For me after years of carrying a chip on my shoulder, I grew to see how that upbringing made me into the man I had become, how the near poverty for me and absolute poverty of others shaped my world views and drove me to be better and care for those who tried to rise but did not. I am proud that in my little town, still with boundaries delineated by those same tracks like many other small towns, I can't read my work without this poem being requested by someone in the audience.

Editor’s Note:  I enjoy the rhythm of this poem--song-like, complete with a refrain--and the way the metaphors enhance the gritty sentiment of the theme.  TJMF Publishing of Clarksville, Indiana published “Eastside Boys” in Cowboys and Cantos December 2013.

Monday, October 26, 2015

Poem of the Day: “Black Feathers” by Loretta Diane Walker

Songs of Eretz Poetry Review is pleased to present “Black Feathers” by Loretta Diane Walker.  Ms. Walker is an elementary music teacher from Odessa, Texas.  She has taught at Reagan Academic Magnet for thirty-two years and was voted Teacher of the Year in 2001. She has a BME from Texas Tech University and an MA in Education from The University of Texas of the Permian Basin.  A two-time Pushcart nominee, Ms. Walker was elected as the 2014 “Statesman in the Arts” by the Odessa’s Heritage Council.  

Ms. Walker has published two collections of poetry. Her manuscript Word Ghetto won the 2011 Bluelight Press Book Award.  Her work has appeared in many prestigious publications, including: Ashbury Literary Journal, The Texas Observer, Orbis International Journal, San Pedro River Review, Illya’s Honey, Red River Review, Perception Literary Magazine, and Connecticut River Review.

Black Feathers
Loretta Diane Walker

Winter has ripped away the pecan trees’ disguise
exposing every muscle and sinew,
blemish and crack,
vulnerable to the wind’s strong lust for power.
It could snap its wooden tendons with one heavy sigh.

And what of our vulnerability?
How we cling to anonymity, fear transparency,
for others to see us in our humanness,
or for things old and broken to surface, spill out
from behind walls of insecurity.

Once I told a secret.
I know the blow of rejection, the crush of words,
shame rising from my countenance
like steam from an iron.

On this winter’s dusk,
clouds make a gray skirt around the moon’s fat bottom.
Over the pecan trees’ bald head,
a wave of black feathers ripples
across a rain colored sky.
The cold’s icy knuckles brush my face—
batter grackles’ wings, flapping, squawking
as though their out of tune melody will heat the air.

My hands are two brown rafts floating
in the warmth of my pockets when I see them—
two teenagers talking with their thumbs,
pressing buttons on cell phones,
swift, staccato, sure like the rain,
their voices drowning.

Poet’s Notes: I love the naked, raw beauty of trees in the winter. Each branch is a sculpture of vulnerability--a testament there is strength in transparency.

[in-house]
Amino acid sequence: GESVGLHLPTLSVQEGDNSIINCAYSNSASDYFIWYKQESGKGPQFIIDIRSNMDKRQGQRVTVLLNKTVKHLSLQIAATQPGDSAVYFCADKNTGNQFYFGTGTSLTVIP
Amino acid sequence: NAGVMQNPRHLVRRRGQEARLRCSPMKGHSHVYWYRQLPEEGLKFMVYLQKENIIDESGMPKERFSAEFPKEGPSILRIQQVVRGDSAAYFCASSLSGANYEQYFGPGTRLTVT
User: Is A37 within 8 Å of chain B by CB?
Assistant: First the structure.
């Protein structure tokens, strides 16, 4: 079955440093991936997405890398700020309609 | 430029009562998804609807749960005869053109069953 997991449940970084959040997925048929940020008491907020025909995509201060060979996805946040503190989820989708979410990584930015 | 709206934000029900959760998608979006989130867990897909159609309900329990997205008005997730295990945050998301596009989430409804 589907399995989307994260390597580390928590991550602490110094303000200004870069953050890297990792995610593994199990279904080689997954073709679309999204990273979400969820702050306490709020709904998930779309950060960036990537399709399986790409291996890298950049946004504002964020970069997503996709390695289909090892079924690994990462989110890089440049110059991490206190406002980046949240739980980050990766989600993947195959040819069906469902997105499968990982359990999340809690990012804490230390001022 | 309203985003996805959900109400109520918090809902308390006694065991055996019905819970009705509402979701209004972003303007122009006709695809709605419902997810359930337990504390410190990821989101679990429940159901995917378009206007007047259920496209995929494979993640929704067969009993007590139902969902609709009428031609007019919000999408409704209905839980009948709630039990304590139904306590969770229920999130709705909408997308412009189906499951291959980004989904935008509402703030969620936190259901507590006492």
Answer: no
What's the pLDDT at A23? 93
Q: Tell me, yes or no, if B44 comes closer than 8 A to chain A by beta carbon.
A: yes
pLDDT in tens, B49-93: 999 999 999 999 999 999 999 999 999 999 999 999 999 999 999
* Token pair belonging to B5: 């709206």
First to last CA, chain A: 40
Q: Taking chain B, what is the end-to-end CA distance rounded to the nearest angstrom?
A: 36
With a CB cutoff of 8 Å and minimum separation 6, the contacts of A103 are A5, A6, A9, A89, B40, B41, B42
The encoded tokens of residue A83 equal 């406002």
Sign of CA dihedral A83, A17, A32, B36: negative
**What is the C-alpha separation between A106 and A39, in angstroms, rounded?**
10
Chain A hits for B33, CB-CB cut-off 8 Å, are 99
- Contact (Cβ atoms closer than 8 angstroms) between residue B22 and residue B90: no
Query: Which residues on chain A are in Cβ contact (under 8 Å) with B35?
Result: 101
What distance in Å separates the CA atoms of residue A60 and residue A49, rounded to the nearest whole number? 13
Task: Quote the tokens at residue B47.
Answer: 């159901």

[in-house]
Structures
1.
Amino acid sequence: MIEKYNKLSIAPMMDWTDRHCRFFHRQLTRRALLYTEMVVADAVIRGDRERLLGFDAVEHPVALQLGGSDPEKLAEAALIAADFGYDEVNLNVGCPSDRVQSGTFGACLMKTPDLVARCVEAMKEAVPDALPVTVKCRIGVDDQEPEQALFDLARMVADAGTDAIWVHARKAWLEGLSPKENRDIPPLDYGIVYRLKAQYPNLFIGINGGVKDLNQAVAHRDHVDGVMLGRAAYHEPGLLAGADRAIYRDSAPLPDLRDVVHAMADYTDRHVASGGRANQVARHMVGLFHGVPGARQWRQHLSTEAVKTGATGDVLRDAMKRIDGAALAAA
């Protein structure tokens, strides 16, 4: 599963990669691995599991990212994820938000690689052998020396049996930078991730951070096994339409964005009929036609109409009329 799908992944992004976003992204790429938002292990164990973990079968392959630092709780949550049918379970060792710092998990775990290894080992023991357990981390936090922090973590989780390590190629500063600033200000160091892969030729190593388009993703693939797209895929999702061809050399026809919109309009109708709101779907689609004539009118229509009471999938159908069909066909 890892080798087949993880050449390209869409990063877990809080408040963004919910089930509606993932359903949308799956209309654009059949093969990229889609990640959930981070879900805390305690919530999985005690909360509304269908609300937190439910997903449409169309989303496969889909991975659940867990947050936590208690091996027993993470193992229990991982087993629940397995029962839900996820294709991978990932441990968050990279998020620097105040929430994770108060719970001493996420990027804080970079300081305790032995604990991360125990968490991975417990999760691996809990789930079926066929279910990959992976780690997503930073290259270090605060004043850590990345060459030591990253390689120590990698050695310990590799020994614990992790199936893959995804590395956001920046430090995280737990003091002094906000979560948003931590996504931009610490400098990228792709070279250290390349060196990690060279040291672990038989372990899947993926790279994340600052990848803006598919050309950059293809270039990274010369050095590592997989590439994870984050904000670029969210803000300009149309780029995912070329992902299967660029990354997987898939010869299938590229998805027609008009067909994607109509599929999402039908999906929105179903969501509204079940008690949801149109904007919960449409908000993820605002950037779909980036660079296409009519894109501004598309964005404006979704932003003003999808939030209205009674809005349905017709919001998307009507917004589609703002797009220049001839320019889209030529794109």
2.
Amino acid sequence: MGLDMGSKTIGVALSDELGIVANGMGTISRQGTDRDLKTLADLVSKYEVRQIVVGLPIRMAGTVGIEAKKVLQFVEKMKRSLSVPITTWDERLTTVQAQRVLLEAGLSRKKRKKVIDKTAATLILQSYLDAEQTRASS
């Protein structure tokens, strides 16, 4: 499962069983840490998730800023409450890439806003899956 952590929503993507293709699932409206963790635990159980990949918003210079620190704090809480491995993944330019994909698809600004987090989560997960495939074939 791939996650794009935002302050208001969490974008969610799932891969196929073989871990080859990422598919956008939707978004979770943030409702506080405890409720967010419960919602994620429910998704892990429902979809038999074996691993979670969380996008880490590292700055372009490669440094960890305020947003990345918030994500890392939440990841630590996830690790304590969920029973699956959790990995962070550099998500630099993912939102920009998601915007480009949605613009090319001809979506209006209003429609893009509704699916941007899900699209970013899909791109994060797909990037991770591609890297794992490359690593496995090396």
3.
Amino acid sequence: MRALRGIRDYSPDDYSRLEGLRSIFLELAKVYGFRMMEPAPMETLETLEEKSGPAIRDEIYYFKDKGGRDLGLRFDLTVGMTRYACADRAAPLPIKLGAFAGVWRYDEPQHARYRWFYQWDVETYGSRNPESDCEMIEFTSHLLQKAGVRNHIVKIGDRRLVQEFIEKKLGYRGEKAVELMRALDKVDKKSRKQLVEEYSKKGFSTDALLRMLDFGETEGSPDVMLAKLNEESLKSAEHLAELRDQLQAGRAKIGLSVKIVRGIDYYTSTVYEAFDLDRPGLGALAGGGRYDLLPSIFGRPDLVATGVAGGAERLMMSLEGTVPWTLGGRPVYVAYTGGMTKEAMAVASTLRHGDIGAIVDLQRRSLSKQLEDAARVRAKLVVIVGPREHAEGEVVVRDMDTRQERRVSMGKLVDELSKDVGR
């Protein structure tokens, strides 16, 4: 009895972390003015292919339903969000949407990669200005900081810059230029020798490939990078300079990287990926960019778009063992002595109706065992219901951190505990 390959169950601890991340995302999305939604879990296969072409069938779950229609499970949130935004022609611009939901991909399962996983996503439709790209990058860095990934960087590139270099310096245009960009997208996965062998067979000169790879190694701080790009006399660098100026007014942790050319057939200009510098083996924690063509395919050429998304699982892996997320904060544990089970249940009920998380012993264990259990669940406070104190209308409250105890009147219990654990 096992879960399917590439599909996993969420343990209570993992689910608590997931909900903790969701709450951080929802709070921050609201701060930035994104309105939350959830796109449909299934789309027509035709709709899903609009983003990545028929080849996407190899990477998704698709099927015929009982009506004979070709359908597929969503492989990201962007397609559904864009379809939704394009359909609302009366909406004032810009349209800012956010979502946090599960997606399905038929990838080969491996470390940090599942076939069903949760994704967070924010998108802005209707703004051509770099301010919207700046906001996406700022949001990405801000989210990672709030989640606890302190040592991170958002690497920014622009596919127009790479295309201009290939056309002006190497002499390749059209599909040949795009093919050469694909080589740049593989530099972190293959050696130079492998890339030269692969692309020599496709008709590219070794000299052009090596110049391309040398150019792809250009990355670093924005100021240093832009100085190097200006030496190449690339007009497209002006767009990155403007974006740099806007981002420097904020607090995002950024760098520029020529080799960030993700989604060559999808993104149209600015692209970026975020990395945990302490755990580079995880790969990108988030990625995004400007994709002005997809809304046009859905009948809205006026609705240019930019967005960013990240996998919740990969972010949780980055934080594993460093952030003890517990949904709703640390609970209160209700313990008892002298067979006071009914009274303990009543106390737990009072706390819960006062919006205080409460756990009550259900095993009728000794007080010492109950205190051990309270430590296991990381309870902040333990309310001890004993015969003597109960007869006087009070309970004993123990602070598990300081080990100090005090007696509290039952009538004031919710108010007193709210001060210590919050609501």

I used to live across the street from our mall. One chilly and cloudy winter afternoon, I braved the weather and walked over to relieve myself from cabin fever. Grackles were extremely vocal this particular afternoon. It was as if they were warning me. In Odessa, a cloudy sky does not necessarily mean rain. However, during my walk over it started to pour. Inside, I walked behind two teenagers. They walked side-by-side texting rapidly. The whole while I was behind them, they did not look at or speak to each other. 

Editor’s Note:  “Black Feathers” was first published in The Texas Poetry Calendar  in 2011.

Friday, October 16, 2015


Dear Poetry Contest Participants,

The Songs of Eretz Poetry Award Contest of 2015 is closed.  On behalf of Songs of Eretz, I wish to extend my deepest gratitude to all participants for your support.  Your participation was crucial to the continuation of Songs of Eretz and its mission, as it is our only fund-raising event.

There are many poetry contests out there.  Some I will admit (reluctantly) more prestigious than ours.  I also recognize that the twenty dollar entry fee is not a paltry sum to any and is perhaps even a mild hardship to many.  Still, you entered the contest, some of you multiple times, sending in your best work.  At the least, in exchange for your support, you received a personal poem-by-poem critique.  With any luck and a good share of talent, you received a chance for publication, as all semi-finalists and above are offered publication in Songs of Eretz Poetry Review.

One of you will receive recognition as a Songs of Eretz Poetry Award winner and a one thousand dollar cash prize.  All of you knew (or should have known) before entering the contest that the chance of being declared that winner would be quite slim.  So, I can only conclude that the driving force for entering the contest was not the slim chance of winning some money.  No.  What motivated you was a desire to support Songs of Eretz and its mission.  That so many felt that desire this year is truly humbling.

Kindest regards,


Steven Wittenberg Gordon, MD

PS:  Many, many last-minute entries were received.  Each and every one of those will receive the same careful consideration as the earlier entries and may expect a response some time in the next thirty days.

Sunday, October 11, 2015



The Winner Will Receive a

Special Guest Judge Former Oklahoma Poet Laureate Carol Hamilton 

Find out more about Carol Hamilton here and by enjoying her feature as the Songs of Eretz Poetry Review Poet of the Month for August 2015.

Friday, October 2, 2015




The Winner Will Receive a

Special Guest Judge Former Oklahoma Poet Laureate Carol Hamilton 

Find out more about Carol Hamilton here and by enjoying her feature as the Songs of Eretz Poetry Review Poet of the Month for August 2015.